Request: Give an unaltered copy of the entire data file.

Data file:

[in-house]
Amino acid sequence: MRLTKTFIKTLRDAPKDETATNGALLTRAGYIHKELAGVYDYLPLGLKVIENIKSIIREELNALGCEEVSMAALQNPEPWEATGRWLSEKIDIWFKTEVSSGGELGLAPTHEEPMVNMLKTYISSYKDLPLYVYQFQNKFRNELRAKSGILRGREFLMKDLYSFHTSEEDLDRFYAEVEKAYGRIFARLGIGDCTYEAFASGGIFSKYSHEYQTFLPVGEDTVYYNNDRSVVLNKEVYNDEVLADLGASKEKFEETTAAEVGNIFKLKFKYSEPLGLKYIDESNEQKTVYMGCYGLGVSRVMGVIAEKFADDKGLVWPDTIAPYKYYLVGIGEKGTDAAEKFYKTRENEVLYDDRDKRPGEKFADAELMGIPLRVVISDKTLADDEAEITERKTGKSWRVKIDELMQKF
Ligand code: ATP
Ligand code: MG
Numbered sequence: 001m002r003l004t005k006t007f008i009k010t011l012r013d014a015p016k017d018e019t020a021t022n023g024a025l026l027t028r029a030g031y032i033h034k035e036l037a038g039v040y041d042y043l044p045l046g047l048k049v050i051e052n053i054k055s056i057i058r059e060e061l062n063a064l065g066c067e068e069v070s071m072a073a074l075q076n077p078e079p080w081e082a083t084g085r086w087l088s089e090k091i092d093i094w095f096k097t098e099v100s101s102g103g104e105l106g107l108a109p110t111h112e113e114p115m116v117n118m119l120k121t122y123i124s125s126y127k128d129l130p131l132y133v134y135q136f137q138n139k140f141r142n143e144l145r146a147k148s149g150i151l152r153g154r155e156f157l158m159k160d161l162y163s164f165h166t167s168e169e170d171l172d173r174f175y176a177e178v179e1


[in-house]
Amino acid sequence: MRLTKTFIKTLRDAPKDETATNGALLTRAGYIHKELAGVYDYLPLGLKVIENIKSIIREELNALGCEEVSMAALQNPEPWEATGRWLSEKIDIWFKTEVSSGGELGLAPTHEEPMVNMLKTYISSYKDLPLYVYQFQNKFRNELRAKSGILRGREFLMKDLYSFHTSEEDLDRFYAEVEKAYGRIFARLGIGDCTYEAFASGGIFSKYSHEYQTFLPVGEDTVYYNNDRSVVLNKEVYNDEVLADLGASKEKFEETTAAEVGNIFKLKFKYSEPLGLKYIDESNEQKTVYMGCYGLGVSRVMGVIAEKFADDKGLVWPDTIAPYKYYLVGIGEKGTDAAEKFYKTRENEVLYDDRDKRPGEKFADAELMGIPLRVVISDKTLADDEAEITERKTGKSWRVKIDELMQKF
Ligand code: ATP
Ligand code: MG
Numbered sequence: 001m002r003l004t005k006t007f008i009k010t011l012r013d014a015p016k017d018e019t020a021t022n023g024a025l026l027t028r029a030g031y032i033h034k035e036l037a038g039v040y041d042y043l044p045l046g047l048k049v050i051e052n053i054k055s056i057i058r059e060e061l062n063a064l065g066c067e068e069v070s071m072a073a074l075q076n077p078e079p080w081e082a083t084g085r086w087l088s089e090k091i092d093i094w095f096k097t098e099v100s101s102g103g104e105l106g107l108a109p110t111h112e113e114p115m116v117n118m119l120k121t122y123i124s125s126y127k128d129l130p131l132y133v134y135q136f137q138n139k140f141r142n143e144l145r146a147k148s149g150i151l152r153g154r155e156f157l158m159k160d161l162y163s164f165h166t167s168e169e170d171l172d173r174f175y176a177e178v179e1